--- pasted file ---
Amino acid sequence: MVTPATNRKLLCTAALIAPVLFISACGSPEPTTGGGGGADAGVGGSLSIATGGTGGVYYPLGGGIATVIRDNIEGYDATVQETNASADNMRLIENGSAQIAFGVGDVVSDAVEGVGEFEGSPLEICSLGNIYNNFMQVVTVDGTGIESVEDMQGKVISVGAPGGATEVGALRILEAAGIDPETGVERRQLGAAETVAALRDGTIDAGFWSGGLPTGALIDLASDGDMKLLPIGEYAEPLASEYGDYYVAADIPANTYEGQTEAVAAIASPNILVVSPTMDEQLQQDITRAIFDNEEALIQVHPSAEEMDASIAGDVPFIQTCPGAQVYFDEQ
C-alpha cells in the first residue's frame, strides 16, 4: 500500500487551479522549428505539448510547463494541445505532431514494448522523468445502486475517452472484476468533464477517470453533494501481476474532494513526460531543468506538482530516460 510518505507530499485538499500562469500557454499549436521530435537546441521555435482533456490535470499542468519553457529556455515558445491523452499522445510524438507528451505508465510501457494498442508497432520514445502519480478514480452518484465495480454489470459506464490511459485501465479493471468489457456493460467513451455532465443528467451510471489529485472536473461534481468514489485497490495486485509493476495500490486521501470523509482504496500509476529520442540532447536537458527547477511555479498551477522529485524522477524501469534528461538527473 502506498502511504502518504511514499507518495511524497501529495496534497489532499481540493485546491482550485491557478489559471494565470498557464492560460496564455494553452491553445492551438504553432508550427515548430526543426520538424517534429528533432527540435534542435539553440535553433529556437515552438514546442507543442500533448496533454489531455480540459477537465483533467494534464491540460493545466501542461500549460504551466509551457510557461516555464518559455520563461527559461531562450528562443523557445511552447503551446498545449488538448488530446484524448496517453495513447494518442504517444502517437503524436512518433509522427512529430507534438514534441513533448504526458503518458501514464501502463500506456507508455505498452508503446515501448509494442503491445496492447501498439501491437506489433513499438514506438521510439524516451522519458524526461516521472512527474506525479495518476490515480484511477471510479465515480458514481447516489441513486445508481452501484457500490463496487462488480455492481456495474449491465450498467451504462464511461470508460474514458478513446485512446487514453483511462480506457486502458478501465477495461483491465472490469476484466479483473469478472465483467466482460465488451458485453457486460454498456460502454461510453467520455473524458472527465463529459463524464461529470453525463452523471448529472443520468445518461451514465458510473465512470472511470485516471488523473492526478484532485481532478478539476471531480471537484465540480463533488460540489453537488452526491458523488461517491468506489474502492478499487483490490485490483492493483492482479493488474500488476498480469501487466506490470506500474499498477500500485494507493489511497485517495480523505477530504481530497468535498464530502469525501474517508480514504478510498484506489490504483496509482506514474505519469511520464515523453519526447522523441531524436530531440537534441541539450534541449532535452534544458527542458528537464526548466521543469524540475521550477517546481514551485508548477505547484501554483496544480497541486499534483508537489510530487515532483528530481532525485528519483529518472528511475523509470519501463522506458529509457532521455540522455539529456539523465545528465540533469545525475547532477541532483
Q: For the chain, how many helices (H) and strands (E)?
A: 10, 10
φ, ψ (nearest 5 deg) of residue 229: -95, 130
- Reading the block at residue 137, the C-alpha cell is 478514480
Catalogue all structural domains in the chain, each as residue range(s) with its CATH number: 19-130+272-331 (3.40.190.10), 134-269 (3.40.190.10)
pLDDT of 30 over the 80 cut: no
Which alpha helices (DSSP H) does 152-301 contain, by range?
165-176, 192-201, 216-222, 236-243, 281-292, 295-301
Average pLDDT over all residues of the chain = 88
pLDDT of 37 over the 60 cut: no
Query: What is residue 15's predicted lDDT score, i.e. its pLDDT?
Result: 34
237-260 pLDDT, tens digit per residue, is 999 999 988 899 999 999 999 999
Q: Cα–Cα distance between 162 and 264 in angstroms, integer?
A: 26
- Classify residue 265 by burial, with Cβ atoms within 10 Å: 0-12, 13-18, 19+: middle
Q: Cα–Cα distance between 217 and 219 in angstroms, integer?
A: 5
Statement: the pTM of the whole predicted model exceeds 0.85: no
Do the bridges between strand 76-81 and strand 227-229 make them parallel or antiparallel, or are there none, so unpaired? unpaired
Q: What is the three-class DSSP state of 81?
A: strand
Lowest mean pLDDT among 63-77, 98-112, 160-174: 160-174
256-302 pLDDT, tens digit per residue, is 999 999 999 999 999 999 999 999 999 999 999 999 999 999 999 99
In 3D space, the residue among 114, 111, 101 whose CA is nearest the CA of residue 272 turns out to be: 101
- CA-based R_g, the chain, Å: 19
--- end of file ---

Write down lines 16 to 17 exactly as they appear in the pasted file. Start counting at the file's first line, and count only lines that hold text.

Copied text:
Q: Cα–Cα distance between 162 and 264 in angstroms, integer?
A: 26